In this essay, I address the question of whether a clear-cut division of labor can be maintained between what a philosophical counselor attempts to accomplish in a counseling context and what a formally trained psychologist endeavors to bring about in the same context. The defense of this outlook proceeds by maintaining a bifurcated analysis between the philosophical problem implied by the client’s predicament and the cause of the client’s problem. Thus, the job of a philosophical counseling, so to speak, is to focus on the former, and the responsibility of a psychologist is to concentrate on the latter. Certainly, the intuition behind affirming this viewpoint has the tide of victory set in its favor. However, I strongly suspect that its apparent strength rests upon a confusion of what would qualify as an accurate philosophical statement implied by the client’s problem. In fact, I argue that any philosophical statement that correctly expresses the psychological predicament of the client is going to be related to what caused the client’s problem in the first place. Thus, I conclude that because of this link, a philosophical counselor cannot avoid psychologizing, to some extent, the predicaments of a client while practicing philosophical counseling.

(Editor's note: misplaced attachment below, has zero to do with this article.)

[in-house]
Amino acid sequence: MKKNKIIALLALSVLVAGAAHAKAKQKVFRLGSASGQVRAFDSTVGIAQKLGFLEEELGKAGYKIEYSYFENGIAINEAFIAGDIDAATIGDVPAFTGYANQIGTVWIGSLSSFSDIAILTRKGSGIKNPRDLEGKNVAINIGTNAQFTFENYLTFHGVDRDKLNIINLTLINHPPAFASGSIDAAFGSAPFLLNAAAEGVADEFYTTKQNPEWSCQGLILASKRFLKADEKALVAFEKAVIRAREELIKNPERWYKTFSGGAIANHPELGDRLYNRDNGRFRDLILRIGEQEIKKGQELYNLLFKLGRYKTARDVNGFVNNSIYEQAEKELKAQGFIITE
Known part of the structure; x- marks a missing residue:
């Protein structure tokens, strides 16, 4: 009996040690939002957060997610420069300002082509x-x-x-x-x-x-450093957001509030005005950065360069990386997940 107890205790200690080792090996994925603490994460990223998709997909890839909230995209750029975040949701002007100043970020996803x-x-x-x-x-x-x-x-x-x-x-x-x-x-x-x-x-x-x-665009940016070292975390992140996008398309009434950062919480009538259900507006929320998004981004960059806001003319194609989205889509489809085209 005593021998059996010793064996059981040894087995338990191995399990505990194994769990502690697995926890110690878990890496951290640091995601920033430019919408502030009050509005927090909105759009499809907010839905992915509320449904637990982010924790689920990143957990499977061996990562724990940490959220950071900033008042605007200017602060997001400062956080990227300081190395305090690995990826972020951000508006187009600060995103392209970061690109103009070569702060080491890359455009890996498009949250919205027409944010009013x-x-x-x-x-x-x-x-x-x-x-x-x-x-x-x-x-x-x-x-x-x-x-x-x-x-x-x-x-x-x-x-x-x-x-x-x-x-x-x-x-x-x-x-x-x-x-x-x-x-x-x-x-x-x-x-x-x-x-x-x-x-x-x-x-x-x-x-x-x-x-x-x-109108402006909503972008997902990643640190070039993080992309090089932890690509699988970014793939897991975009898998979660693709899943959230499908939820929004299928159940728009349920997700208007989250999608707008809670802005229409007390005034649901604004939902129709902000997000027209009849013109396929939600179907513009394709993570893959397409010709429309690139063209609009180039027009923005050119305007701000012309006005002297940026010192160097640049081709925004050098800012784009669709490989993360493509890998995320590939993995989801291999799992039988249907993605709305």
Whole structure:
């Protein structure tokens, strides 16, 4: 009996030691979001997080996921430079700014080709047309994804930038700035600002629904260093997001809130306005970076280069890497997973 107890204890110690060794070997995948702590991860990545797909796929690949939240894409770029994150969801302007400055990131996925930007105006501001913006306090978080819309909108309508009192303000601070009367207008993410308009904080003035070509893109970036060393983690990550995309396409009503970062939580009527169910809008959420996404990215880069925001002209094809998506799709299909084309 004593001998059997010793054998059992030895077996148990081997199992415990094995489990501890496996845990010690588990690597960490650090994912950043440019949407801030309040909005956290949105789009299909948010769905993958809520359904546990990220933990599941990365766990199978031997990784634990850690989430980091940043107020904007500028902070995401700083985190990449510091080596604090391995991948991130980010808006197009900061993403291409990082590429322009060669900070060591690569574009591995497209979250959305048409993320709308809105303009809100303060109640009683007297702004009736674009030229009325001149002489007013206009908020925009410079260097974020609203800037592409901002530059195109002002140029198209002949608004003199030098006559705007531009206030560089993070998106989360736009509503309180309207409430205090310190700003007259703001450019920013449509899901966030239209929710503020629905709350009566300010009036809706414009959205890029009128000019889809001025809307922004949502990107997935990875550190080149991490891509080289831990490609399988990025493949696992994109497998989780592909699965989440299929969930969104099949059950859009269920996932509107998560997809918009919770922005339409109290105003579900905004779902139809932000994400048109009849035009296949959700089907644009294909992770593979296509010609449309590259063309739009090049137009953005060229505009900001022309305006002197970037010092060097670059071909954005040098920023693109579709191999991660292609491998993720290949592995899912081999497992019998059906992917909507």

3. International Journal of Philosophical Practice: Volume > 1 > Issue: 4
James A. Tuedio Assessing the Promise of Philosophical Counseling: Questions and Challenges for an Emerging Profession
abstract | view |  rights & permissions | cited by